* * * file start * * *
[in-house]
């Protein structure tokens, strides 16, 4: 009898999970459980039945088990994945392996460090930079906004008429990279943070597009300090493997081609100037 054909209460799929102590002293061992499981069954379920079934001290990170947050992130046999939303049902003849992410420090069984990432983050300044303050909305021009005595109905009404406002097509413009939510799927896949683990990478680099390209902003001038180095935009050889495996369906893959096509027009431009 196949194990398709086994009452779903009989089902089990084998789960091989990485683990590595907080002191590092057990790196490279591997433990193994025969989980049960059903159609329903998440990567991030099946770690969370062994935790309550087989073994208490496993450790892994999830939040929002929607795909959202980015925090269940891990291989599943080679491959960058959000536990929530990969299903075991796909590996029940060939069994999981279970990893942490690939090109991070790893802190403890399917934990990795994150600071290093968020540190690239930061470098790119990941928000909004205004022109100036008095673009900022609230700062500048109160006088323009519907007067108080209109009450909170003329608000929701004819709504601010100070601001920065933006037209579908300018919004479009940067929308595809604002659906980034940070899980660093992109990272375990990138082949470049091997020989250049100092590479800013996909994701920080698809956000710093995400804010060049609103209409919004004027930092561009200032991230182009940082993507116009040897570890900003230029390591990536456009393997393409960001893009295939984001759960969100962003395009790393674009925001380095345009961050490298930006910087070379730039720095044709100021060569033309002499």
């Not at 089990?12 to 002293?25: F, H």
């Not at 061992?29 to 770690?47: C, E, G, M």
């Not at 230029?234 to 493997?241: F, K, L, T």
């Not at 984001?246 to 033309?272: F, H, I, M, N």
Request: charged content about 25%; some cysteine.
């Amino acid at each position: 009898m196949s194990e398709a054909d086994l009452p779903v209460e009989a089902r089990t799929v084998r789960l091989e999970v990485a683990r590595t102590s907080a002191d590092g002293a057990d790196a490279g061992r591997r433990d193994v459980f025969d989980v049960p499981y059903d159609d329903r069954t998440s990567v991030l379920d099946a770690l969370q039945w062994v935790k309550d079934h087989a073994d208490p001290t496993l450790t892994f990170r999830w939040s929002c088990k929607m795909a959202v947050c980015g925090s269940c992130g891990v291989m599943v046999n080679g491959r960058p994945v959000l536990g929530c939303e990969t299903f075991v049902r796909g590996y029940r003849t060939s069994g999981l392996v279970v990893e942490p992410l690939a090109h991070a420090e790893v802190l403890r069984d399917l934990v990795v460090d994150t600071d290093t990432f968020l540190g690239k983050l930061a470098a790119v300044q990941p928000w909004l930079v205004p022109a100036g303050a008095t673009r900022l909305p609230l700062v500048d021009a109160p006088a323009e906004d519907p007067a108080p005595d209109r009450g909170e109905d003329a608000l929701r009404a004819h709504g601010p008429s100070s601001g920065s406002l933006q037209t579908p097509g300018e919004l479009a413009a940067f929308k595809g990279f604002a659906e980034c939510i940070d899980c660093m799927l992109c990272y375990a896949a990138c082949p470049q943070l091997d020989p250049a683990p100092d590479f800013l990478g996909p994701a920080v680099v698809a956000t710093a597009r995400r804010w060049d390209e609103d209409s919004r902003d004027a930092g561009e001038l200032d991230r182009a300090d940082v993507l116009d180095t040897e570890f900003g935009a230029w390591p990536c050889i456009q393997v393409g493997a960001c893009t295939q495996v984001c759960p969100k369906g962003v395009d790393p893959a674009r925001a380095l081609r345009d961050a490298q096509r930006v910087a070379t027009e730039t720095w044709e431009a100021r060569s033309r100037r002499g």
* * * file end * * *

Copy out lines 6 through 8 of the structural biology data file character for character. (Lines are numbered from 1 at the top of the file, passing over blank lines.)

């Not at 984001?246 to 033309?272: F, H, I, M, N």
Request: charged content about 25%; some cysteine.
């Amino acid at each position: 009898m196949s194990e398709a054909d086994l009452p779903v209460e009989a089902r089990t799929v084998r789960l091989e999970v990485a683990r590595t102590s907080a002191d590092g002293a057990d790196a490279g061992r591997r433990d193994v459980f025969d989980v049960p499981y059903d159609d329903r069954t998440s990567v991030l379920d099946a770690l969370q039945w062994v935790k309550d079934h087989a073994d208490p001290t496993l450790t892994f990170r999830w939040s929002c088990k929607m795909a959202v947050c980015g925090s269940c992130g891990v291989m599943v046999n080679g491959r960058p994945v959000l536990g929530c939303e990969t299903f075991v049902r796909g590996y029940r003849t060939s069994g999981l392996v279970v990893e942490p992410l690939a090109h991070a420090e790893v802190l403890r069984d399917l934990v990795v460090d994150t600071d290093t990432f968020l540190g690239k983050l930061a470098a790119v300044q990941p928000w909004l930079v205004p022109a100036g303050a008095t673009r900022l909305p609230l700062v500048d021009a109160p006088a323009e906004d519907p007067a108080p005595d209109r009450g909170e109905d003329a608000l929701r009404a004819h709504g601010p008429s100070s601001g920065s406002l933006q037209t579908p097509g300018e919004l479009a413009a940067f929308k595809g990279f604002a659906e980034c939510i940070d899980c660093m799927l992109c990272y375990a896949a990138c082949p470049q943070l091997d020989p250049a683990p100092d590479f800013l990478g996909p994701a920080v680099v698809a956000t710093a597009r995400r804010w060049d390209e609103d209409s919004r902003d004027a930092g561009e001038l200032d991230r182009a300090d940082v993507l116009d180095t040897e570890f900003g935009a230029w390591p990536c050889i456009q393997v393409g493997a960001c893009t295939q495996v984001c759960p969100k369906g962003v395009d790393p893959a674009r925001a380095l081609r345009d961050a490298q096509r930006v910087a070379t027009e730039t720095w044709e431009a100021r060569s033309r100037r002499g």